A Chinese company is the leader in patent applications in Europe. And for the first time, China has received more patent filings than the USA, EU, Japan and South Korea combined. What does this all mean?
China is catching up in technological innovations. The country did well in the European Patent Office's ranking on Wednesday, with Huawei filing more patents in Europe than any other company, and the country as a whole advancing to fifth place for the first time.
When it comes to total patent applications, China has been the world's number one since 2011, since most patents are filed within the country. Given the country's enormous size and population, that might not be that surprising.
But China recently broke another record: For the first time, it received more patent applications than the USA, the EU, Japan and South Korea combined, according to a report by the World Intellectual Property Organisation (WIPO), a body of the United Nations based in Geneva. WIPO's latest report is based on data from 2016.
"Of course, not every filed patent is granted, and not every granted patent will be used commercially," Carsten Fink, WIPO's chief economist, told DW. "And some patents are worth more than others. So you have to be careful when looking at these numbers."
Still, for Fink, the numbers carry a clear message. "They show China's growing strength in innovation," Fink says. "This trend can also be seen when looking at research and development spending, publications in scientific journals, or investment in human capital," he adds.
Most patents in China are filed by digital communication companies. "Firms like Huawei and ZTE are the leading patent filers in China," Fink says.
Internationally, the field of digital communication is also among the strongest areas for patent applications, ahead of medical technology and pharmaceuticals. More patents are only filed in computer technology, electrical machinery, and measurement technology.
Because of China's sheer size, any statistics with absolute numbers tends to give a distorted picture. That's why other rankings put the patent filings in relation to a county's economic power or population. Here, China is not quite as dominant, but still catching up quickly.
China comes in second, after South Korea, for patent filings per $100 billion of gross domestic product (GDP). With patent filings per million inhabitants, the country ranks sixth, with similar results as Germany, the USA, or Switzerland.
Guy Standing, an economist at SOAS University of London, sees China's growing strength in patents as one reason for the current protectionist tendencies of US President Donald Trump.
An international system to protect intellectual property rights
In the past, the US has been the driving force to protect intellectual property rights in international trade — by pushing for the Agreement for Trade-Related Aspects of Intellectual Property Rights (TRIPS) in the framework of the World Trade Organization (WTO), and also by including similar passages in free trade agreements.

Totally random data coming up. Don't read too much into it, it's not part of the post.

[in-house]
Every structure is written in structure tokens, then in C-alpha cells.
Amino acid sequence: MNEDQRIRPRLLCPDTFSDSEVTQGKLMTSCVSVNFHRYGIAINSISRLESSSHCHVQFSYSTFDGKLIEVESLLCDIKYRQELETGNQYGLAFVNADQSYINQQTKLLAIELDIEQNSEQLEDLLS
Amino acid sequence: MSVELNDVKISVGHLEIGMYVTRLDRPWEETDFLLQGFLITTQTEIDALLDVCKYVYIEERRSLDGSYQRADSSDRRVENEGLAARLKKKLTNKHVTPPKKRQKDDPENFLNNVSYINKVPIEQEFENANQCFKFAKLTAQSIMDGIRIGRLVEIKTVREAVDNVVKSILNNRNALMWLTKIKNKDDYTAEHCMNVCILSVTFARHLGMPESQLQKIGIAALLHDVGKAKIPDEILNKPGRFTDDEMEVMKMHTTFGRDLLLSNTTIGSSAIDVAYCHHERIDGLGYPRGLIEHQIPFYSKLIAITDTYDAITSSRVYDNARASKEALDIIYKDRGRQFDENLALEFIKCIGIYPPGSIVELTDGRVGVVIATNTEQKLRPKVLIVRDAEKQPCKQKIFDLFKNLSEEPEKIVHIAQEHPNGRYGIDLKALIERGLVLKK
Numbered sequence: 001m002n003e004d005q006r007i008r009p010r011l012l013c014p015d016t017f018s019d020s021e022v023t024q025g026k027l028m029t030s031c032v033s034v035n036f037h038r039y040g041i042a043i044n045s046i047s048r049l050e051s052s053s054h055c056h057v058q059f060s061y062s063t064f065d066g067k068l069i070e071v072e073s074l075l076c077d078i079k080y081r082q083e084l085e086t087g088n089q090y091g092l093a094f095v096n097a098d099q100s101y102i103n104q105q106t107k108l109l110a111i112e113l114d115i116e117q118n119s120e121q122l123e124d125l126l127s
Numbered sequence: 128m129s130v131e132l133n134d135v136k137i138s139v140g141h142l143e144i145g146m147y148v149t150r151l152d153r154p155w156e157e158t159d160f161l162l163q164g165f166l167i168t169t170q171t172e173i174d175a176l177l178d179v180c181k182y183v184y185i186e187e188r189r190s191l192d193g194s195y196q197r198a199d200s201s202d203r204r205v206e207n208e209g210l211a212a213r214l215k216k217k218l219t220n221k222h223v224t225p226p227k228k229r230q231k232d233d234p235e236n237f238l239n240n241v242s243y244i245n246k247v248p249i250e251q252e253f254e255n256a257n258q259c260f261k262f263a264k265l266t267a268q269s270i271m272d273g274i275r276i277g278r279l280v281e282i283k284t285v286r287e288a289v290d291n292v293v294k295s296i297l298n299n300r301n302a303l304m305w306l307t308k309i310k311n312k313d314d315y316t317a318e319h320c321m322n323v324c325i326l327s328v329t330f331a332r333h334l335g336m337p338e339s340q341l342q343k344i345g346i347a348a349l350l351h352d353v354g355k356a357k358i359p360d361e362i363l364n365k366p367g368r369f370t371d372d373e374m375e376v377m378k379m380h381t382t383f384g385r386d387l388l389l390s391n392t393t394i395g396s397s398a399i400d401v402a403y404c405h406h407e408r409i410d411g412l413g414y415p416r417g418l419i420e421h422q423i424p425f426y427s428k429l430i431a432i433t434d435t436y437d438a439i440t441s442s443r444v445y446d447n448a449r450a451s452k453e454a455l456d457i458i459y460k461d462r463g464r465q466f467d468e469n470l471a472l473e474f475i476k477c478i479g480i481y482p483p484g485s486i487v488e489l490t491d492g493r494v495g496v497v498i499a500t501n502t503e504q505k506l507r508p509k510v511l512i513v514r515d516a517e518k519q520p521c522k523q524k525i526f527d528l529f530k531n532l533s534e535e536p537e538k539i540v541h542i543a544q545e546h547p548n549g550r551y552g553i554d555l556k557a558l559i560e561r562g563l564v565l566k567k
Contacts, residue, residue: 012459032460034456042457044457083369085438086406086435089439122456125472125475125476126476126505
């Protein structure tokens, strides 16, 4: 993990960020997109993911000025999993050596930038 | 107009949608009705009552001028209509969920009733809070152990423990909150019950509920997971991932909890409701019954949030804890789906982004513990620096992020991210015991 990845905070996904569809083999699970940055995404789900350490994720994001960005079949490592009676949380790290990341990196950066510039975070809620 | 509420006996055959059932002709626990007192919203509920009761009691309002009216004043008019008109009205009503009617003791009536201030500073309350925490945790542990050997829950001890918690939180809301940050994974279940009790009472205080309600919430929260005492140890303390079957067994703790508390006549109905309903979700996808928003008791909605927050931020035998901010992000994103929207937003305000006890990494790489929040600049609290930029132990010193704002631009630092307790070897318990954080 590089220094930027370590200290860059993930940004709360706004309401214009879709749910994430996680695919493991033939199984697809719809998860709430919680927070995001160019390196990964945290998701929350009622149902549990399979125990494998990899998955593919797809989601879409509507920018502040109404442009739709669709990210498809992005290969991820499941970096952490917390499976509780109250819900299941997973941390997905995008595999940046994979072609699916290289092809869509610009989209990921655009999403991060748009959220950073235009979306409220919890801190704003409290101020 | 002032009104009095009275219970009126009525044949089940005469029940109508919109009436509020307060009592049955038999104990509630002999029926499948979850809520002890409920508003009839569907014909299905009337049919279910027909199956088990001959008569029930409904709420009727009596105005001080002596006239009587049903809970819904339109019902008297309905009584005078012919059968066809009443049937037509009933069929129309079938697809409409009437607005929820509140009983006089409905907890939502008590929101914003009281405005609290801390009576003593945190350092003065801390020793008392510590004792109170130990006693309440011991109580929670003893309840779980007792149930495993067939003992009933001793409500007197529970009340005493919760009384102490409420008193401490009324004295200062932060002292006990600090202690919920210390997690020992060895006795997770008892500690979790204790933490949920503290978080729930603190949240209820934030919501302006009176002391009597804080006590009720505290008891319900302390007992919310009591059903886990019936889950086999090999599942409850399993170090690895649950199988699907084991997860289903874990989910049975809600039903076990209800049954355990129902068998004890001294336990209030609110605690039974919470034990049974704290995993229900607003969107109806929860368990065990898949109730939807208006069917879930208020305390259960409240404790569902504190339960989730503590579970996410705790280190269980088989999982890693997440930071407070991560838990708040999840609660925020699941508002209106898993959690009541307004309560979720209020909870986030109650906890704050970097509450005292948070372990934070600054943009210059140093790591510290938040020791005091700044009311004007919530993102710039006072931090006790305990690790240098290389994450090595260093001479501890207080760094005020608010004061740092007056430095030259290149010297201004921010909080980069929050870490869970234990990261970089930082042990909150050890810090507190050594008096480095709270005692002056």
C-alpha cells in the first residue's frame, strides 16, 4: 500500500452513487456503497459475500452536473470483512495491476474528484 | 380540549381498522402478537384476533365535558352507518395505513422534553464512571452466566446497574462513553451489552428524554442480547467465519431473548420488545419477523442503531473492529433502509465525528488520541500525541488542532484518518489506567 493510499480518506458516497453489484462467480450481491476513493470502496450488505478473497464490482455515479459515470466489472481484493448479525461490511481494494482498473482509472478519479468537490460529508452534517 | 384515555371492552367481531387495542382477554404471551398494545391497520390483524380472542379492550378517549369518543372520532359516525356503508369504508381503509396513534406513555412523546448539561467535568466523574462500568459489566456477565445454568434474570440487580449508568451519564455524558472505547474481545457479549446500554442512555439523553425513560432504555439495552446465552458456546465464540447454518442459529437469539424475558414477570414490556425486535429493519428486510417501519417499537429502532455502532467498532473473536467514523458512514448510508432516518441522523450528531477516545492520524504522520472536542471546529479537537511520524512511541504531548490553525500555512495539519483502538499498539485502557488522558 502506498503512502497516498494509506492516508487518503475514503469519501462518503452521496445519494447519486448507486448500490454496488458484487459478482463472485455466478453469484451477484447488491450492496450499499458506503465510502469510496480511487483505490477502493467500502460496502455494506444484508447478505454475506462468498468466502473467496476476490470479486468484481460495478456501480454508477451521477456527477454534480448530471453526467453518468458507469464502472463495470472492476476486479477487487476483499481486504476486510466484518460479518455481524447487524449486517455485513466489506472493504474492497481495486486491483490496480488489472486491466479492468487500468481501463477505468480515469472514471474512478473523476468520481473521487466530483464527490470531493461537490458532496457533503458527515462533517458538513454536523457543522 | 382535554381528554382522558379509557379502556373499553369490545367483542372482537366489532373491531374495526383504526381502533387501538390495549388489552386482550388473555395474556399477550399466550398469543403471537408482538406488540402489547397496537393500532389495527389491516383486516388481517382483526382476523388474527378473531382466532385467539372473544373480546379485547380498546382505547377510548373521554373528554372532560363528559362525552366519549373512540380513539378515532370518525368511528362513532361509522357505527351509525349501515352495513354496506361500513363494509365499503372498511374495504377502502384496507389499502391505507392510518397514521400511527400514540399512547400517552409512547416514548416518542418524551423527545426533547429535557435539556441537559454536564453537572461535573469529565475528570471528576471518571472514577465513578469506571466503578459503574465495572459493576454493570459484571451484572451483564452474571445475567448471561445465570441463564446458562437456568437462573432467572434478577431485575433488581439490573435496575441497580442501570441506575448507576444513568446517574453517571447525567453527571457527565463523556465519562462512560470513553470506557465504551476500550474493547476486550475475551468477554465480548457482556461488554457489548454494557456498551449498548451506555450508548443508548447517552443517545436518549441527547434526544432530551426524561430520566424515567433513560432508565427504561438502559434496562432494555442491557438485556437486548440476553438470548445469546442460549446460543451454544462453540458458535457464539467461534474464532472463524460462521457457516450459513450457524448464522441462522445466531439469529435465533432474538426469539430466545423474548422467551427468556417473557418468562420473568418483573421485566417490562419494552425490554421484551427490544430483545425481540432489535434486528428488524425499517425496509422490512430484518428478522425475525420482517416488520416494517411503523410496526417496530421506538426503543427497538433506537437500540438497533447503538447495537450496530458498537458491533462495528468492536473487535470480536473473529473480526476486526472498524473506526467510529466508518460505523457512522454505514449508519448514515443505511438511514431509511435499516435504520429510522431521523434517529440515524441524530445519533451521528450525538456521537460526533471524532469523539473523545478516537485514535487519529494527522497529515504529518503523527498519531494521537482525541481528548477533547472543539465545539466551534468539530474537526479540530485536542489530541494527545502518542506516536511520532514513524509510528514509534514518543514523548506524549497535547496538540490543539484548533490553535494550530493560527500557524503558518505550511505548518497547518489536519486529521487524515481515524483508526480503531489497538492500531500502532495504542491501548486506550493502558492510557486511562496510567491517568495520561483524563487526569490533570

All this resulted in a system that served the interests of the US economy well for a long time. But it also gives immense power to holders of patents and capital, according to Standing. The leading US tech firms are an example: Facebook, Amazon, Alphabet (Google), Apple, and Microsoft.
"The Top 5 have become superstar-firms," Standing told DW. "In the last 10 years, they have bought up a total of 519 other firms." By doing so, they have not only eliminated competitors, he says, but also acquired a lot of patents, "benefiting enormously from the intellectual property system" that has developed with the passage of TRIPS.
"This has globalized the American patent system, the copyright system and the industrial design system and entrenched the ability of these mega-corporations to earn monopolistic rents," Standing argues.
Who is the King of the Jungle?
But while the biggest tech companies are doing fine, the US economy as a whole has been falling behind. "The irony is that under Trump, the United States is lashing out at China. This reflects the fact that the United States no longer is the dominant extractor of rents," Standing claims.
"Suddenly China is more than an equal competitor and this is I think explains part of the rhetoric and actions of the United States because they are no longer king of the jungle."
We are now witnessing "a fascinating phase of the global transformation," Standing argues. He believes that Trump is desperately trying to claw back some of the advantages, if need be with protectionist measures, to stop China from rising further.
In Standing's view, Trump's chances of success are close to zero. "China is just too big and too dynamic and it's too strategically well placed in the global economy that the United States won't succeed."